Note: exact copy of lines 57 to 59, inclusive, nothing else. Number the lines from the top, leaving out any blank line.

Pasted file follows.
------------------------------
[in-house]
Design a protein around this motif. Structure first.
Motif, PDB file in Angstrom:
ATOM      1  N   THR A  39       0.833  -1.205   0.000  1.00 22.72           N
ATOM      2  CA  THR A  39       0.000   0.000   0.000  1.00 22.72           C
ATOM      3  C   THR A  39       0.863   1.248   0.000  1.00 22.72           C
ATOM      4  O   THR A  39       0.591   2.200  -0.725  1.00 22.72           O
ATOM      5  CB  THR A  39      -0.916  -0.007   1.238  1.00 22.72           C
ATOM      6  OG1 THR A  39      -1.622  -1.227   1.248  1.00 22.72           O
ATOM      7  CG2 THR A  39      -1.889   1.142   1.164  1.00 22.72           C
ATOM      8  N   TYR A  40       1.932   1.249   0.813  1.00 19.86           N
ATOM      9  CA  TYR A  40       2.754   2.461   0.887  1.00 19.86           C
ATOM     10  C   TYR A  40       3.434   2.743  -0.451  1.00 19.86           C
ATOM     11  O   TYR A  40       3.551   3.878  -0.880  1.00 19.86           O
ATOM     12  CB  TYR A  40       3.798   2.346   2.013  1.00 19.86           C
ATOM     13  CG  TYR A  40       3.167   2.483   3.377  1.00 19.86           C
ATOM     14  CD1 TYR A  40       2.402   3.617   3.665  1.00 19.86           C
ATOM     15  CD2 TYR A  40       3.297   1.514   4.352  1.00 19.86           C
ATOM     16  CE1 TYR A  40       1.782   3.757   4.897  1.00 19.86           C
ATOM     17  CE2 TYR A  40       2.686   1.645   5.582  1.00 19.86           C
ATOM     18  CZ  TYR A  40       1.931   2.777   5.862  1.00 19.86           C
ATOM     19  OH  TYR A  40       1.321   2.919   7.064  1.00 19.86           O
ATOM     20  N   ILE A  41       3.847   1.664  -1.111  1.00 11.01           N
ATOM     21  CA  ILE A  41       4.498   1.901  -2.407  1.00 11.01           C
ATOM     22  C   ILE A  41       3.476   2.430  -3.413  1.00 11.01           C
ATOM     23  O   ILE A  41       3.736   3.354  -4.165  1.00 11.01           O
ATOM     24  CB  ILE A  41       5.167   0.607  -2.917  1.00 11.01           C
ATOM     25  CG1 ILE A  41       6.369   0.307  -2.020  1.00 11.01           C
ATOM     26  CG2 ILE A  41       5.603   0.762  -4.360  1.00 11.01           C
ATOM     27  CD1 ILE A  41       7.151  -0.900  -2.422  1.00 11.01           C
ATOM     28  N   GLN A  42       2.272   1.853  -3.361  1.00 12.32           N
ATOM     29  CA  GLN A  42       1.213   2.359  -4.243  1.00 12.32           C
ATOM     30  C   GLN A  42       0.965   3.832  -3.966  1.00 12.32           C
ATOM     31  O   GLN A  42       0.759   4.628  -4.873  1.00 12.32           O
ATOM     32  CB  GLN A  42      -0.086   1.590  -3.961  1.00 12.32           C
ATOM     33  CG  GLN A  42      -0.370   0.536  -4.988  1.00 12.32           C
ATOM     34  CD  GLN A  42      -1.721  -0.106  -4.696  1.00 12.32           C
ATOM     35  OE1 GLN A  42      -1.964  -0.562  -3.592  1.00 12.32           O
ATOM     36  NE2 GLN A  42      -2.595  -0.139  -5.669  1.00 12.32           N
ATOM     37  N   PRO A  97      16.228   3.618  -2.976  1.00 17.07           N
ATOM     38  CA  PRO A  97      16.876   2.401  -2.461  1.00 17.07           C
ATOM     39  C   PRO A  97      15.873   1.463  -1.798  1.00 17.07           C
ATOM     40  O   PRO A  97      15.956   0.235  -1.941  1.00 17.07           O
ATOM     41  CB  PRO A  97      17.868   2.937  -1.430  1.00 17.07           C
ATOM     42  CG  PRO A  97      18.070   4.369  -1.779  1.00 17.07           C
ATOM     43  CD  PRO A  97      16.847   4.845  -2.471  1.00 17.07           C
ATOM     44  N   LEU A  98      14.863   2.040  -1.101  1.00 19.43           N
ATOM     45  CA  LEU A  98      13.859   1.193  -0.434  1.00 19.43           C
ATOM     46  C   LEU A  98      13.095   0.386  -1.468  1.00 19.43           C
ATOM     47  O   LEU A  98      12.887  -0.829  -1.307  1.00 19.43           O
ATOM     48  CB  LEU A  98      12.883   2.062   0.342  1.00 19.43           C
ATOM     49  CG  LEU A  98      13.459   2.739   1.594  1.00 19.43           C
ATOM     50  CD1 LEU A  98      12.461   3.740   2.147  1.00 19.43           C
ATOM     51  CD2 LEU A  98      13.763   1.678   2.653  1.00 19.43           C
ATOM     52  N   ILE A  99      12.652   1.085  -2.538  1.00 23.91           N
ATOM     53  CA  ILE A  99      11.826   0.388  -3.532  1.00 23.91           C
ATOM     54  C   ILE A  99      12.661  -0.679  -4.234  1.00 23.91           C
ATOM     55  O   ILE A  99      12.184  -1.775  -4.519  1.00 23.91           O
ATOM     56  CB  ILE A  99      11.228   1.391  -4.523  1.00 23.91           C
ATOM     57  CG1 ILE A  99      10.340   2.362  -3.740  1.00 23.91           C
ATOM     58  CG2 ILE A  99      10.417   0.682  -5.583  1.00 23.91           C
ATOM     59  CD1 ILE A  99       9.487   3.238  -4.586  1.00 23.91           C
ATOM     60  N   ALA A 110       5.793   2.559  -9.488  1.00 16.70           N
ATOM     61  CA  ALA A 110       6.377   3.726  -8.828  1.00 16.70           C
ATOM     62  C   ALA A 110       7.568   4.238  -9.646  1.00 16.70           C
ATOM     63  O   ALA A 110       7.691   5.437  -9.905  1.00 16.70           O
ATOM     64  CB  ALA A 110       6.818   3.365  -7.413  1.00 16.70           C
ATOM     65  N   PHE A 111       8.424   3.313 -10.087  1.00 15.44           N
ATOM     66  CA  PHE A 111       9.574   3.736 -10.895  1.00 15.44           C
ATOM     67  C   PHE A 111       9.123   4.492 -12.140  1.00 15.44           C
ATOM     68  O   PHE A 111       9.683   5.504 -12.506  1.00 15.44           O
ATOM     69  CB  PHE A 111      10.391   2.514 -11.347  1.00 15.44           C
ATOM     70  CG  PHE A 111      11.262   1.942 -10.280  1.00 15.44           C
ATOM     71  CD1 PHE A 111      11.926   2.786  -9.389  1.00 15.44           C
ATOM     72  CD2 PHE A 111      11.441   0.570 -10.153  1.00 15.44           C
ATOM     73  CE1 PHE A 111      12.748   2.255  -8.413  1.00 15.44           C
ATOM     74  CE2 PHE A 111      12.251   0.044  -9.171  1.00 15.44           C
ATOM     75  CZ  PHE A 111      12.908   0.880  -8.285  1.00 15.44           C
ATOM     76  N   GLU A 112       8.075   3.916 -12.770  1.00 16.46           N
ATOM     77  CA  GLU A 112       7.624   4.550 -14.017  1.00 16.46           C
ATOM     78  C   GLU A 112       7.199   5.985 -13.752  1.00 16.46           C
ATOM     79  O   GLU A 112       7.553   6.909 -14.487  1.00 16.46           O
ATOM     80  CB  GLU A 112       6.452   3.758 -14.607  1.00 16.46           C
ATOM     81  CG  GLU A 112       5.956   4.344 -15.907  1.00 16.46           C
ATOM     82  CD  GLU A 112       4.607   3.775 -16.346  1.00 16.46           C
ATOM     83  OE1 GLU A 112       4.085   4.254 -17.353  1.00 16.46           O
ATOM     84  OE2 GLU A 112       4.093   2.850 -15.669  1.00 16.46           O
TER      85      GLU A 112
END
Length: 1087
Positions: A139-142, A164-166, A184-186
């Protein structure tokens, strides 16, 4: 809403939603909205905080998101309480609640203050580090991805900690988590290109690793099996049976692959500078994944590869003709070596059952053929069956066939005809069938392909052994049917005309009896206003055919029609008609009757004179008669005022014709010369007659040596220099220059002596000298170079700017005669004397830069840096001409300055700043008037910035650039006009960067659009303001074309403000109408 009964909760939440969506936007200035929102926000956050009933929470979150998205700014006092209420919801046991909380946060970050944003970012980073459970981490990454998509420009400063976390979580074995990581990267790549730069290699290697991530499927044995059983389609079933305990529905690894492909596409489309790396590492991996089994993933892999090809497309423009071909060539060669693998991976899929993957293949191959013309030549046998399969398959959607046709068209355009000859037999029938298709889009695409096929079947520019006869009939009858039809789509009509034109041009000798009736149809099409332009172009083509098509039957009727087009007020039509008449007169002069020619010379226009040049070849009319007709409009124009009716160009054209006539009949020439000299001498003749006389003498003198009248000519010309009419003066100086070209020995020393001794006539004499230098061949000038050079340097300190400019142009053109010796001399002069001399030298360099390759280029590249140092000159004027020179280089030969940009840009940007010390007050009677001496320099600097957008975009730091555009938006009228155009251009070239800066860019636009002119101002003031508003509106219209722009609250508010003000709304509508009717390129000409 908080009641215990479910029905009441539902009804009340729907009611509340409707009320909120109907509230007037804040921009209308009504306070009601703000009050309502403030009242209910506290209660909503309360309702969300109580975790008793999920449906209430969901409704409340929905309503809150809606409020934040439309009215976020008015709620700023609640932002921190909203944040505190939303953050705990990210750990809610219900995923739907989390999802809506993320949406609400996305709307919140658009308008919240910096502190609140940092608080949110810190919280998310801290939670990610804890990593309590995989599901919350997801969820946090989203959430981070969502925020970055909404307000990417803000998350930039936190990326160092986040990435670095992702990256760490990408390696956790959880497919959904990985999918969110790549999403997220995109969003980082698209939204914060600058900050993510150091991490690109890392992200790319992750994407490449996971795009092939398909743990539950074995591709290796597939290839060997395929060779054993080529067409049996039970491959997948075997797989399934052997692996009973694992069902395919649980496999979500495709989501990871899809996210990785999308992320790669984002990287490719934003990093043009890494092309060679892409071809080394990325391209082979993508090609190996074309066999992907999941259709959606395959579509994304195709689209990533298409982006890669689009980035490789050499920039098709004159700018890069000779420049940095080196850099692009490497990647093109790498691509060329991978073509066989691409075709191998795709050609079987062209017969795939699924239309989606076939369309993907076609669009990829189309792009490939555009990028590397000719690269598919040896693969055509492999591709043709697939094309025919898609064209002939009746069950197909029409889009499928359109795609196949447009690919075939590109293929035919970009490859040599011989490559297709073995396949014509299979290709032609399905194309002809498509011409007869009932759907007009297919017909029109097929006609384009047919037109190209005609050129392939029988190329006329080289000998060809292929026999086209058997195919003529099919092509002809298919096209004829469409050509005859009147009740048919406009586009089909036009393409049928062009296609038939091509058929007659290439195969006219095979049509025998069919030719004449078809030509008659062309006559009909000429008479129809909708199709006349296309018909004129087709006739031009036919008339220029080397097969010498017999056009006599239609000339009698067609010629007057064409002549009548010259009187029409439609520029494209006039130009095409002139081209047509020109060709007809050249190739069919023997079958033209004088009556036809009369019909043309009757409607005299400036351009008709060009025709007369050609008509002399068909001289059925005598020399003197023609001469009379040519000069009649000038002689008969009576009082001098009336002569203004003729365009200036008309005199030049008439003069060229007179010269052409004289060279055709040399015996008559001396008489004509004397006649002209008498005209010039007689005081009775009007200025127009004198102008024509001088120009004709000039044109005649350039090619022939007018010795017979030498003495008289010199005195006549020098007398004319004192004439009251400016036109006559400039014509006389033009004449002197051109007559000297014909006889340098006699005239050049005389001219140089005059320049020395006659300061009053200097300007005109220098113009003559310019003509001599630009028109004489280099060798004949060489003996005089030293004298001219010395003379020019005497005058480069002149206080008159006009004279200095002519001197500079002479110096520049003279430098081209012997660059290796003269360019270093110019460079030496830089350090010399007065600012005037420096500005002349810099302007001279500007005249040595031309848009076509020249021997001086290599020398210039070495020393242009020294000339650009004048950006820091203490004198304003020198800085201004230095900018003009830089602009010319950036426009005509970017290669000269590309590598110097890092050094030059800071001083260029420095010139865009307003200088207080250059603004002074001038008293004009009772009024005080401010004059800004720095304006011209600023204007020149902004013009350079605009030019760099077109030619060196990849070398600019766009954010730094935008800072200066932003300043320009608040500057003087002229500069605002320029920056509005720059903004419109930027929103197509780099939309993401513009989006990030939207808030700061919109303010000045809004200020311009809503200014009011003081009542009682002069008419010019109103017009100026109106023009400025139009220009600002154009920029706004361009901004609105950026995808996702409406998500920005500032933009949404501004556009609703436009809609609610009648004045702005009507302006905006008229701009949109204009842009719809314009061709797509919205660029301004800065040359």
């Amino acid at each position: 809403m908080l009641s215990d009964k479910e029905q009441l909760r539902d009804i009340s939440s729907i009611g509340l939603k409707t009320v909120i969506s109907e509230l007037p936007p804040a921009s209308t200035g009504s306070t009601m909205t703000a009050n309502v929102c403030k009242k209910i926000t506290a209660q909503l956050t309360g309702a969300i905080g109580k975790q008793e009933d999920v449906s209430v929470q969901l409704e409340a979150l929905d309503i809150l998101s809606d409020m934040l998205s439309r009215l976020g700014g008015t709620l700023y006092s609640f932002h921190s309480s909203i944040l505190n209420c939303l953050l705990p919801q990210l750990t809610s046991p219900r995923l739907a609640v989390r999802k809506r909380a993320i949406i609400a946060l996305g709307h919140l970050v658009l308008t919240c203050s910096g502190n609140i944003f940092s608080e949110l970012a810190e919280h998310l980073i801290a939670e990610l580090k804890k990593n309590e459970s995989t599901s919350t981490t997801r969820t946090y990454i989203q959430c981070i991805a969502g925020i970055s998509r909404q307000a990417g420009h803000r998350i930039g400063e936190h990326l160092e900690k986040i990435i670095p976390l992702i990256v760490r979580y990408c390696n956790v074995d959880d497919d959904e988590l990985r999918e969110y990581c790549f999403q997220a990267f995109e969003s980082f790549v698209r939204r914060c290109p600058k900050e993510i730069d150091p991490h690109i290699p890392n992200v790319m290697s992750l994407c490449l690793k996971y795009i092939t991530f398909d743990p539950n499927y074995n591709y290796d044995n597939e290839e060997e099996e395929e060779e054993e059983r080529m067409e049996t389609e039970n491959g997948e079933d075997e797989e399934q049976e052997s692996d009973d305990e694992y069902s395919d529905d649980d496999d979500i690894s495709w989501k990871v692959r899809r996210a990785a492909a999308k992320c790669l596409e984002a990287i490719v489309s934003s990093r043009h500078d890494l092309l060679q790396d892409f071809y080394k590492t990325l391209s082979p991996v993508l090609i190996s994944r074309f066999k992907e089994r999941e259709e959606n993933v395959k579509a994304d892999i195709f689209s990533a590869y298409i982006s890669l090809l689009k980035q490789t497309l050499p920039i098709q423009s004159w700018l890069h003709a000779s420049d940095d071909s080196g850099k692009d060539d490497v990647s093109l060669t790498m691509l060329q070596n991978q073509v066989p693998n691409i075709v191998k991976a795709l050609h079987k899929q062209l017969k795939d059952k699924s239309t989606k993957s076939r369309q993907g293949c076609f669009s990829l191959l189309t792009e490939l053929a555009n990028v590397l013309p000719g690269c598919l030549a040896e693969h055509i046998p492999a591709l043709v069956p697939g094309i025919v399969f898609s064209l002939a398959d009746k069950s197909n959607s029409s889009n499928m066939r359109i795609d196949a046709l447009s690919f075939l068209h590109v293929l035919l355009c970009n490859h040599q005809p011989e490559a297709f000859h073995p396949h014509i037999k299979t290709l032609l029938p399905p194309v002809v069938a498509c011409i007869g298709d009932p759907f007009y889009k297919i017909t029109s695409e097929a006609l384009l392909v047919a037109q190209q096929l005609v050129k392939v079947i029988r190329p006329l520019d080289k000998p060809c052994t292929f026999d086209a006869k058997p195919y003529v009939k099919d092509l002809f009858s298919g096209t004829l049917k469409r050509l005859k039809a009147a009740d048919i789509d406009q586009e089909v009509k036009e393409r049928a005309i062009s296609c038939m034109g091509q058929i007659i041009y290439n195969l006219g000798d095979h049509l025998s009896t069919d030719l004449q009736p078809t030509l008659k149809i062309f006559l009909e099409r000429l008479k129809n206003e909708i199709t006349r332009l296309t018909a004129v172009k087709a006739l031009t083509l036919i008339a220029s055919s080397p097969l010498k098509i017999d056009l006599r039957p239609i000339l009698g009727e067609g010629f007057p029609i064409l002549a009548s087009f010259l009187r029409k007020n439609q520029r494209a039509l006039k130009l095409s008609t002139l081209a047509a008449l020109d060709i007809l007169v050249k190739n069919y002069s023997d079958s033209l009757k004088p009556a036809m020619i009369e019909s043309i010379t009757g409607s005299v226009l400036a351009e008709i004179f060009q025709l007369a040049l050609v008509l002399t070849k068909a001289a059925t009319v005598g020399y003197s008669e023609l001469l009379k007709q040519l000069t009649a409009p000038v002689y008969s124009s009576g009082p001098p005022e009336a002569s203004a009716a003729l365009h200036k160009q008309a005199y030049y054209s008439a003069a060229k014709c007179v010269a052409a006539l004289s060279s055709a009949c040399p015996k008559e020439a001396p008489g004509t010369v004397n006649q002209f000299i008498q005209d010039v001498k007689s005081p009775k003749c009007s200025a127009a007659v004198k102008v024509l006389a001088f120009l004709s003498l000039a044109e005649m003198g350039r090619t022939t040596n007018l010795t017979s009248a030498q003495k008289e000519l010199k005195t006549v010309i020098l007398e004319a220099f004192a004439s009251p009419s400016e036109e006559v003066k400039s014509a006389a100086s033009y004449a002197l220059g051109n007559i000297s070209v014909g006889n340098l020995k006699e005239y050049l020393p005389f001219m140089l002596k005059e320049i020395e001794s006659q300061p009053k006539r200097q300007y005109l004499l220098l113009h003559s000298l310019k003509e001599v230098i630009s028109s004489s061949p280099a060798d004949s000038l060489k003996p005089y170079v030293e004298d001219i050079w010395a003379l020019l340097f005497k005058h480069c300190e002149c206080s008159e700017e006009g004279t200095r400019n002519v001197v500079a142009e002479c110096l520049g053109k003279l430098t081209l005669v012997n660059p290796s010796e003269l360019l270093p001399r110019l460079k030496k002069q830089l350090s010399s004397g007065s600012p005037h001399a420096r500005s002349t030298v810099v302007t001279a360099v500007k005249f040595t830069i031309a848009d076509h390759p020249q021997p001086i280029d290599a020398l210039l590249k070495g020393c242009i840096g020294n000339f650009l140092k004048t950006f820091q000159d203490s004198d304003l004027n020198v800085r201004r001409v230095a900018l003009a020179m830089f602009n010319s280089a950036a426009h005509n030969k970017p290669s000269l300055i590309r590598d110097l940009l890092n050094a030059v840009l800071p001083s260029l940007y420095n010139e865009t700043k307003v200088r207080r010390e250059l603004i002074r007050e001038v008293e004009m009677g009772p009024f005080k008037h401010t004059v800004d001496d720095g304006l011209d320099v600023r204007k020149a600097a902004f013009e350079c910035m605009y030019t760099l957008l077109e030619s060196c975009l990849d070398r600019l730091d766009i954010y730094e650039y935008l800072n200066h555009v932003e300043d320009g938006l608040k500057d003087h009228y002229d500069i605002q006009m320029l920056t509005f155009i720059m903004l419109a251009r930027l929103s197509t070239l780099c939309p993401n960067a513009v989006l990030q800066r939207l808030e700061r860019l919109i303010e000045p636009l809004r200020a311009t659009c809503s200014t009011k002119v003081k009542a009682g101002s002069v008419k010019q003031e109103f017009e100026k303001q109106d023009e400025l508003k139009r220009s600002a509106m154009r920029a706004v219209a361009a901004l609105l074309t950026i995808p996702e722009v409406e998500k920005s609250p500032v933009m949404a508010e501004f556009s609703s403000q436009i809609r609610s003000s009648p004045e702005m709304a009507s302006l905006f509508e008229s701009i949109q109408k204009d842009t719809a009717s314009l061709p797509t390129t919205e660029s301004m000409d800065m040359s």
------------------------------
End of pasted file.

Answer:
ATOM     54  C   ILE A  99      12.661  -0.679  -4.234  1.00 23.91           C
ATOM     55  O   ILE A  99      12.184  -1.775  -4.519  1.00 23.91           O
ATOM     56  CB  ILE A  99      11.228   1.391  -4.523  1.00 23.91           C